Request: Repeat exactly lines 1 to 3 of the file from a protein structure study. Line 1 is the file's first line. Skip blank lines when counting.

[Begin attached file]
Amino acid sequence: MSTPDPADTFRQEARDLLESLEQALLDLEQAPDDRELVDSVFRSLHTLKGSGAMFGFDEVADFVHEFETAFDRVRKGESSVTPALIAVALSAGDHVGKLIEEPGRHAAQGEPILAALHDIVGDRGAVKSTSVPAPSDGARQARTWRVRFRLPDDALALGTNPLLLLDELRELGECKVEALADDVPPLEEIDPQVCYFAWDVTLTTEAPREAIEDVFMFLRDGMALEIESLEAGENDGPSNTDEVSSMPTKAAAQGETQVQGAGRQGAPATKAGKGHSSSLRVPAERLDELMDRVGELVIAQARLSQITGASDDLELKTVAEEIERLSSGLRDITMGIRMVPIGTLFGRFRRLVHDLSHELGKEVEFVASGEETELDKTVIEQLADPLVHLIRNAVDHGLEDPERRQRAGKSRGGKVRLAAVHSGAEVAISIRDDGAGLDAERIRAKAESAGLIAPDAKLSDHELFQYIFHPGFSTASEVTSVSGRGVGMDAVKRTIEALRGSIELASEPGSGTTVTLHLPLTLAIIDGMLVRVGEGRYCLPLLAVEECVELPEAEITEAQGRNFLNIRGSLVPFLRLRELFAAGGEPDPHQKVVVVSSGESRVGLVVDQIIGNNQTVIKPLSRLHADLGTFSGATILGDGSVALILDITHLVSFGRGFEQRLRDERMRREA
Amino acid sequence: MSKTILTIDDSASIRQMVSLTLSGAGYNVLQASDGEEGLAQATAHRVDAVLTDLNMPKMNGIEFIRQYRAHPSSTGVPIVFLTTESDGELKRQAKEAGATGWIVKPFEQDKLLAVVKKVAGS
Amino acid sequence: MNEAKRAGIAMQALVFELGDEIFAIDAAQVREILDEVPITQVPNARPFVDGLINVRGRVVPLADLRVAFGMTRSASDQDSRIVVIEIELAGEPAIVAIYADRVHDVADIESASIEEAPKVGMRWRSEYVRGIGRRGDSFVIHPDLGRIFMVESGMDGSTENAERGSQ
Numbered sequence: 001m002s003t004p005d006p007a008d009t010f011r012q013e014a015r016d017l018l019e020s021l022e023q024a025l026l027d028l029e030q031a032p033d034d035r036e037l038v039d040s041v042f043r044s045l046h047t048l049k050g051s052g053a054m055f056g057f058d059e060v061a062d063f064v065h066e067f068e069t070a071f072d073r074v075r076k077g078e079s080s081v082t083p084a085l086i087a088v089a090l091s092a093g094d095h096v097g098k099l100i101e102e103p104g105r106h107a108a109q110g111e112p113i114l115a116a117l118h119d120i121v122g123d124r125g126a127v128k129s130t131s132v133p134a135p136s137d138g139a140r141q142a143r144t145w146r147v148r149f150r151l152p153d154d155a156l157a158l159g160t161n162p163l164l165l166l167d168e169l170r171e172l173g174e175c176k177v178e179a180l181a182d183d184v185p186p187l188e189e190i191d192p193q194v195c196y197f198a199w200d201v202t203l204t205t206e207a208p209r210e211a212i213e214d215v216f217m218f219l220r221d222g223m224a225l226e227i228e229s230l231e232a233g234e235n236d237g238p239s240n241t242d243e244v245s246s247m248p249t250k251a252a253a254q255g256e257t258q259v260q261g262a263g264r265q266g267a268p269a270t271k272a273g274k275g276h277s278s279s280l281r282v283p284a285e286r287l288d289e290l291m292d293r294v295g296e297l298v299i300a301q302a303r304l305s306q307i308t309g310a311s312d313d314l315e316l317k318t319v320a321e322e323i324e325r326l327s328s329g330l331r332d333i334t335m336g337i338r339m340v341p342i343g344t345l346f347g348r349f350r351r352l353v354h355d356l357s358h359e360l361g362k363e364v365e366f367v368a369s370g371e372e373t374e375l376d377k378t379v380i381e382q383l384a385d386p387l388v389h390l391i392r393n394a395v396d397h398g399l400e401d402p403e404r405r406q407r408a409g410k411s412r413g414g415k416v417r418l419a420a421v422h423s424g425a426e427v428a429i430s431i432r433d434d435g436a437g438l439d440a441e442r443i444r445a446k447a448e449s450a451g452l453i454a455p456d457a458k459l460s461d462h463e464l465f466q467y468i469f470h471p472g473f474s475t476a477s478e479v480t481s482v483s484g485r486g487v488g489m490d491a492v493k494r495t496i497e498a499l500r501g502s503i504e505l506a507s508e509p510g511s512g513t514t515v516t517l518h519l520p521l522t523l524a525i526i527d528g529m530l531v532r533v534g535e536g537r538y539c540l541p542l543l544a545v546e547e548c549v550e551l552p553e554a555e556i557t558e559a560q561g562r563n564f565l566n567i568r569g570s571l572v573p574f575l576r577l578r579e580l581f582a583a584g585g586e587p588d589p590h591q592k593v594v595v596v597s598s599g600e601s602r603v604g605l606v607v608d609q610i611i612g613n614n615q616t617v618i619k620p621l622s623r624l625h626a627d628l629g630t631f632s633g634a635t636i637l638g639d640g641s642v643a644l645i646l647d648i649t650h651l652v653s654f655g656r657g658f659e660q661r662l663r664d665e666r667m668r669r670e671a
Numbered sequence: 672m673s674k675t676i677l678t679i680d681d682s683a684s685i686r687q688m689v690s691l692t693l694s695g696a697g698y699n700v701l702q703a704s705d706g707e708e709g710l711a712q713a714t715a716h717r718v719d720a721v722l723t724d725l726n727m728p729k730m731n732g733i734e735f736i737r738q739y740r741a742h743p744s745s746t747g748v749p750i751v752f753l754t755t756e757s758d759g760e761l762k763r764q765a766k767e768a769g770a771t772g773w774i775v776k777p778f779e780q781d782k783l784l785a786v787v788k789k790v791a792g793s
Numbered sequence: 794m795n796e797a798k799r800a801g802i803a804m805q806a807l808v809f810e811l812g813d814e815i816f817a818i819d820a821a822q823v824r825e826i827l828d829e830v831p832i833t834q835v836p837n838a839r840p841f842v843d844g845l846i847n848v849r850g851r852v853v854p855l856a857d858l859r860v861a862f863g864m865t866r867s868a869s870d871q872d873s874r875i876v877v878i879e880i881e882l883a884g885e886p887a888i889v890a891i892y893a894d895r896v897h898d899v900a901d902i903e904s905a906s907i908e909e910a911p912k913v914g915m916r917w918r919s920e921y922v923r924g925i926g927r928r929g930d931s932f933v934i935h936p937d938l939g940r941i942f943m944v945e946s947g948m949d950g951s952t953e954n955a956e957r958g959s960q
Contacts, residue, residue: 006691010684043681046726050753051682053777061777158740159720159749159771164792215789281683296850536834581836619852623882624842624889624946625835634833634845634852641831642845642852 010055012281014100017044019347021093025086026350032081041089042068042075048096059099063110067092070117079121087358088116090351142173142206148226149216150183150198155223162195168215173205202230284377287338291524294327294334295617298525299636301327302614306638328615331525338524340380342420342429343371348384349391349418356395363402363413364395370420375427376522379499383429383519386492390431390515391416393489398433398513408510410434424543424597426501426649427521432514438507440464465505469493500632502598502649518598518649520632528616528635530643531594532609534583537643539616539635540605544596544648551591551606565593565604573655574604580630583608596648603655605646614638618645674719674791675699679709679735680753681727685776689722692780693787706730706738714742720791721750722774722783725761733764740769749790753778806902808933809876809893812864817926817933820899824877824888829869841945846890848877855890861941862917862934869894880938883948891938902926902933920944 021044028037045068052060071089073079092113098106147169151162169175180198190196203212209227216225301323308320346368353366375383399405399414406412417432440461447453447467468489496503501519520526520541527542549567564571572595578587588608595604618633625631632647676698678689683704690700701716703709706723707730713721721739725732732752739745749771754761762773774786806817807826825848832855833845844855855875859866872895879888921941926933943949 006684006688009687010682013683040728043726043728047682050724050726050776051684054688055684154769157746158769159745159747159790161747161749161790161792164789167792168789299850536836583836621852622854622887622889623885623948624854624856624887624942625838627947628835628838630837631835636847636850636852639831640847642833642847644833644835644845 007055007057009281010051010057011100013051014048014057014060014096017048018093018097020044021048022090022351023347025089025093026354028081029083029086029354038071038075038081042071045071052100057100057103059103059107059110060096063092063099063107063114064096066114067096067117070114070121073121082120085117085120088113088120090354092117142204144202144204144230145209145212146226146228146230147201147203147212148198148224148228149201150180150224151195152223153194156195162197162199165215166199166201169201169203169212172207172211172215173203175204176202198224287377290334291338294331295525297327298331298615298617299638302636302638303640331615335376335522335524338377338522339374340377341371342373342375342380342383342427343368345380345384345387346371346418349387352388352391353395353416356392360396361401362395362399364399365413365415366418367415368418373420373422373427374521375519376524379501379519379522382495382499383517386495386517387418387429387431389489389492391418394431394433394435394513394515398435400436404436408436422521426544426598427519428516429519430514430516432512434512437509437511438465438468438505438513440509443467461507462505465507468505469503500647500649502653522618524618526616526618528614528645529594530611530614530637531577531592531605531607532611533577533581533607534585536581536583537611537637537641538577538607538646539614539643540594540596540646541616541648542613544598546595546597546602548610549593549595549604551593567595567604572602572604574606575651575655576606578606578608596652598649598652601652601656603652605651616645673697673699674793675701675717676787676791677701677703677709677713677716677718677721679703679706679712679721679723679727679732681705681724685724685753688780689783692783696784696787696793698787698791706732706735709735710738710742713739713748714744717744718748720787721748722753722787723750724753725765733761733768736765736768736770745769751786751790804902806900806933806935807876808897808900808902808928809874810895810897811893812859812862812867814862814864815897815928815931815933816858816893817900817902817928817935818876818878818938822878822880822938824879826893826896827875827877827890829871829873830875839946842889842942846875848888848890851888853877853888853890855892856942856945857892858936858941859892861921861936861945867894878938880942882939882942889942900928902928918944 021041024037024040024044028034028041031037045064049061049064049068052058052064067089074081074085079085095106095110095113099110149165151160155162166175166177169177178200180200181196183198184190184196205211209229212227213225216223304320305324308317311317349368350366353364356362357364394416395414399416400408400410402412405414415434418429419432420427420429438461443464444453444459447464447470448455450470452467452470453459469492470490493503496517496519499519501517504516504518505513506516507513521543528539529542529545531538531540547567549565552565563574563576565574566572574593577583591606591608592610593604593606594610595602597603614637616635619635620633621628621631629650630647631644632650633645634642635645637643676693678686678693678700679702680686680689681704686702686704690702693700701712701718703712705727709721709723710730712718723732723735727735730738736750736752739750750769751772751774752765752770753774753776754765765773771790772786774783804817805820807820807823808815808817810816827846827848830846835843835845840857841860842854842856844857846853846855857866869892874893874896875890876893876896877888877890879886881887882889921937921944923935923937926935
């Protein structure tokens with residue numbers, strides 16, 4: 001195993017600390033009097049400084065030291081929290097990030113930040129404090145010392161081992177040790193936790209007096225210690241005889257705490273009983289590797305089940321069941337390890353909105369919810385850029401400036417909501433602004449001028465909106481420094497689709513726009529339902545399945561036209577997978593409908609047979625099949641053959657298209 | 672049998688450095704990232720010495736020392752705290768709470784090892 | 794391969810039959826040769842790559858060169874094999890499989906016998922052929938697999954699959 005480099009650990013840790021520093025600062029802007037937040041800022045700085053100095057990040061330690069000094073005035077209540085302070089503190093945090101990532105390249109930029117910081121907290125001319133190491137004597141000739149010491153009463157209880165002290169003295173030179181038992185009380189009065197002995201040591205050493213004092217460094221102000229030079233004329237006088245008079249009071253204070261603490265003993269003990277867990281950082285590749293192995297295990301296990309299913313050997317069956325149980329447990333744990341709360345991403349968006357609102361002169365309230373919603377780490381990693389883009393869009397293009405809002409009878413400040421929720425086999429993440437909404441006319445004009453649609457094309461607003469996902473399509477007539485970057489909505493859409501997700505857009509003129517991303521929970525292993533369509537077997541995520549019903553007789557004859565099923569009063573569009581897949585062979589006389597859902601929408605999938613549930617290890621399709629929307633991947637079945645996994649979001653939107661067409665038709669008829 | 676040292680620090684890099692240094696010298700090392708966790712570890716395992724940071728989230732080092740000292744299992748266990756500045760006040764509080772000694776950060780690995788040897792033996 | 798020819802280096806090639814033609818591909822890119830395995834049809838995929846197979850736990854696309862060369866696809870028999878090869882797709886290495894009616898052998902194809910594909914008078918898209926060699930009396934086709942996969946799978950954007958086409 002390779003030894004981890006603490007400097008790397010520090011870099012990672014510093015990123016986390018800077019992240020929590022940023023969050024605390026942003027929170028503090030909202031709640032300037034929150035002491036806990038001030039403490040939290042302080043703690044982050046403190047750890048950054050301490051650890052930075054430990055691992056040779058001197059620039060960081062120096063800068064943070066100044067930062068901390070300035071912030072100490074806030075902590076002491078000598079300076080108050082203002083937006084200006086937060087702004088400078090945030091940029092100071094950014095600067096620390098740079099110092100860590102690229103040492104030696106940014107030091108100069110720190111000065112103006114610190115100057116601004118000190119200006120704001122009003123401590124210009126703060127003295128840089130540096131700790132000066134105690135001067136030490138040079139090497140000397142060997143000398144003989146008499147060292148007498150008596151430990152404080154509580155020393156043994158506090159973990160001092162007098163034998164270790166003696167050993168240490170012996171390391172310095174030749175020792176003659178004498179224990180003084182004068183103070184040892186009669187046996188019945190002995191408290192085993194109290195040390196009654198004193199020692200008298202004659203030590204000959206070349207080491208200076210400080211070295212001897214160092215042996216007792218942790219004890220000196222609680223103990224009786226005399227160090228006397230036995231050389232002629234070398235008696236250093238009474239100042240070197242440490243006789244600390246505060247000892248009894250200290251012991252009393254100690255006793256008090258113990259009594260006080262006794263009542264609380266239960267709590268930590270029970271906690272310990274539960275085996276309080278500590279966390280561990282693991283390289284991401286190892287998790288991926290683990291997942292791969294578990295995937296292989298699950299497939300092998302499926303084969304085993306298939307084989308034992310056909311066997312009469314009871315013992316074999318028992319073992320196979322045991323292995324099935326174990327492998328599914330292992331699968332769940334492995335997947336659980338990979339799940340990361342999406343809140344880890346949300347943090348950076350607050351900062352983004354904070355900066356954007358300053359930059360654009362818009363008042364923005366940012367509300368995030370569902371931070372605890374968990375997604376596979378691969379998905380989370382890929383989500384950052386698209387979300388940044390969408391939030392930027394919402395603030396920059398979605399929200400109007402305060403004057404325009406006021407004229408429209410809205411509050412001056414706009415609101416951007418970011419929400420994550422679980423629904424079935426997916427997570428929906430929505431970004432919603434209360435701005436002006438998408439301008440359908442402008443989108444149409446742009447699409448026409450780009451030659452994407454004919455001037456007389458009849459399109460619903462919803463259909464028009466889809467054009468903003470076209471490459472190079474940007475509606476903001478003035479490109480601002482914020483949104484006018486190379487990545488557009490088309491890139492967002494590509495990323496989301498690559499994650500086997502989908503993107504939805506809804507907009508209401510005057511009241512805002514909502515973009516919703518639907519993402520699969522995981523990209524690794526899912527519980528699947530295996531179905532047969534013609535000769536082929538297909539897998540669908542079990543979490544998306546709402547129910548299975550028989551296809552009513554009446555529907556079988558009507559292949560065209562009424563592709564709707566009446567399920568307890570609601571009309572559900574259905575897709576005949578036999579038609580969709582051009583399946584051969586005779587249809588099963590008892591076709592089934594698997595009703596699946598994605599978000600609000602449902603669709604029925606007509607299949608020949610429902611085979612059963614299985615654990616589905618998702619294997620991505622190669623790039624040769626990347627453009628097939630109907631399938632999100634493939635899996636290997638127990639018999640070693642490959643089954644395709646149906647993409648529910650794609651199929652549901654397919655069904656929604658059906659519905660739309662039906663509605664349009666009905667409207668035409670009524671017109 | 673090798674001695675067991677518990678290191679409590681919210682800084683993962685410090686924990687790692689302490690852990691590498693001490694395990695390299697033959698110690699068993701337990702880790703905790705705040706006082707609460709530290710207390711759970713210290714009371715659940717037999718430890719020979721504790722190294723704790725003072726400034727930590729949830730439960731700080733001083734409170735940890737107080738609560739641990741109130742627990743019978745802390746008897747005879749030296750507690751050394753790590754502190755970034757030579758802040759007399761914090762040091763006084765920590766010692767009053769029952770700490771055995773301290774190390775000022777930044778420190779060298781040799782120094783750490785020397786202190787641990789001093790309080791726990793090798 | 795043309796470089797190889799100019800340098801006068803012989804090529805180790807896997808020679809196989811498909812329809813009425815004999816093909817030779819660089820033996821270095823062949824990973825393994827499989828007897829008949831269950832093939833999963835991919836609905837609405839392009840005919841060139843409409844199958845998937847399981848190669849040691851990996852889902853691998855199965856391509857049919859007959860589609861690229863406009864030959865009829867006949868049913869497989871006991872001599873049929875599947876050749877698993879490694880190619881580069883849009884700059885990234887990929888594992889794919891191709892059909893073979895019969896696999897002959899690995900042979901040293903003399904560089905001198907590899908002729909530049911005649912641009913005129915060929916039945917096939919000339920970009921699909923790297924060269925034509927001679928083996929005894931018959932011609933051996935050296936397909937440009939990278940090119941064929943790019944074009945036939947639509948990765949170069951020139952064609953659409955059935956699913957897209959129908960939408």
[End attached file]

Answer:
Amino acid sequence: MSTPDPADTFRQEARDLLESLEQALLDLEQAPDDRELVDSVFRSLHTLKGSGAMFGFDEVADFVHEFETAFDRVRKGESSVTPALIAVALSAGDHVGKLIEEPGRHAAQGEPILAALHDIVGDRGAVKSTSVPAPSDGARQARTWRVRFRLPDDALALGTNPLLLLDELRELGECKVEALADDVPPLEEIDPQVCYFAWDVTLTTEAPREAIEDVFMFLRDGMALEIESLEAGENDGPSNTDEVSSMPTKAAAQGETQVQGAGRQGAPATKAGKGHSSSLRVPAERLDELMDRVGELVIAQARLSQITGASDDLELKTVAEEIERLSSGLRDITMGIRMVPIGTLFGRFRRLVHDLSHELGKEVEFVASGEETELDKTVIEQLADPLVHLIRNAVDHGLEDPERRQRAGKSRGGKVRLAAVHSGAEVAISIRDDGAGLDAERIRAKAESAGLIAPDAKLSDHELFQYIFHPGFSTASEVTSVSGRGVGMDAVKRTIEALRGSIELASEPGSGTTVTLHLPLTLAIIDGMLVRVGEGRYCLPLLAVEECVELPEAEITEAQGRNFLNIRGSLVPFLRLRELFAAGGEPDPHQKVVVVSSGESRVGLVVDQIIGNNQTVIKPLSRLHADLGTFSGATILGDGSVALILDITHLVSFGRGFEQRLRDERMRREA
Amino acid sequence: MSKTILTIDDSASIRQMVSLTLSGAGYNVLQASDGEEGLAQATAHRVDAVLTDLNMPKMNGIEFIRQYRAHPSSTGVPIVFLTTESDGELKRQAKEAGATGWIVKPFEQDKLLAVVKKVAGS
Amino acid sequence: MNEAKRAGIAMQALVFELGDEIFAIDAAQVREILDEVPITQVPNARPFVDGLINVRGRVVPLADLRVAFGMTRSASDQDSRIVVIEIELAGEPAIVAIYADRVHDVADIESASIEEAPKVGMRWRSEYVRGIGRRGDSFVIHPDLGRIFMVESGMDGSTENAERGSQ